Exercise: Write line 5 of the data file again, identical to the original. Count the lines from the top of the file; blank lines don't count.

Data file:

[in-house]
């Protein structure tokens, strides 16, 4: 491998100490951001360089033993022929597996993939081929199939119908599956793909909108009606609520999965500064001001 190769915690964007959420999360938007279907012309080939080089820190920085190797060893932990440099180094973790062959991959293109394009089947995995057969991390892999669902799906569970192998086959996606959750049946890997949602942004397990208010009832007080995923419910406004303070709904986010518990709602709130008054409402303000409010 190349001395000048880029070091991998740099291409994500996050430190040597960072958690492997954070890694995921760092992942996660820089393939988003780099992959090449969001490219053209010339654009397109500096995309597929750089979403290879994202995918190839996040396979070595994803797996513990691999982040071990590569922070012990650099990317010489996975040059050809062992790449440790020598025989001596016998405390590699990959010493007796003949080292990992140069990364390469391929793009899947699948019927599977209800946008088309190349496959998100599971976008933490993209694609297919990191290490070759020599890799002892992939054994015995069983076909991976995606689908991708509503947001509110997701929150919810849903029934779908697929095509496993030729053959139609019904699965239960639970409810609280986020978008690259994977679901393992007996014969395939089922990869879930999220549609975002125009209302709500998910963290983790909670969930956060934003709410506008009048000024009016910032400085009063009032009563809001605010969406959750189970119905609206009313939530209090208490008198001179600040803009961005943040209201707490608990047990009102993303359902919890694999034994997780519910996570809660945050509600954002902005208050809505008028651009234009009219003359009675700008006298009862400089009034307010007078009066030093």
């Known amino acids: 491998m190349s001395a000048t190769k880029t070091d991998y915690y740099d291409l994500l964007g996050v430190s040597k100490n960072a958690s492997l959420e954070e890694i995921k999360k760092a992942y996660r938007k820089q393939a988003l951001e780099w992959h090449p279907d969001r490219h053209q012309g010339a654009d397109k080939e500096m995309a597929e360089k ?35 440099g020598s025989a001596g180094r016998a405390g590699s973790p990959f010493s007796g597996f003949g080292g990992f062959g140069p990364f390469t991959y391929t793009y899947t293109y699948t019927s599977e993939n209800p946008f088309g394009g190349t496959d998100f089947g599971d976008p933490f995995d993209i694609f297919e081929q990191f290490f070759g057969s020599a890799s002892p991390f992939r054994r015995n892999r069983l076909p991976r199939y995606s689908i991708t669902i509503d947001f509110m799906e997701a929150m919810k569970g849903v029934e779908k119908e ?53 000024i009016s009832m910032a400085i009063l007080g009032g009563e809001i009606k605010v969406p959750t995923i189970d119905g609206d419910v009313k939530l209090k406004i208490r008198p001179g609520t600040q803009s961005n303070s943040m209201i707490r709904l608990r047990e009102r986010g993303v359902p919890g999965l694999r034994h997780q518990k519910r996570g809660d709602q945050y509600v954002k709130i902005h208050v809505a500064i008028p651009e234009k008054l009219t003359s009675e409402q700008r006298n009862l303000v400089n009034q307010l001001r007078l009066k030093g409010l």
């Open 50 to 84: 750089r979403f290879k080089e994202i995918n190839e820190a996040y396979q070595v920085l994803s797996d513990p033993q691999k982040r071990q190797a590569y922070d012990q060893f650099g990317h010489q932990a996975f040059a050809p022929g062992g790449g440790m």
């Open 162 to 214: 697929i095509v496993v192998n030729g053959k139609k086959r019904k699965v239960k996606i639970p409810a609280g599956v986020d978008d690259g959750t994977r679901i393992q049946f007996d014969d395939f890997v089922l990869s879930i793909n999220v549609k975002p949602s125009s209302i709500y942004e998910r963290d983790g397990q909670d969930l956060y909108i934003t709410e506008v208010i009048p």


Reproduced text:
């Open 162 to 214: 697929i095509v496993v192998n030729g053959k139609k086959r019904k699965v239960k996606i639970p409810a609280g599956v986020d978008d690259g959750t994977r679901i393992q049946f007996d014969d395939f890997v089922l990869s879930i793909n999220v549609k975002p949602s125009s209302i709500y942004e998910r963290d983790g397990q909670d969930l956060y909108i934003t709410e506008v208010i009048p």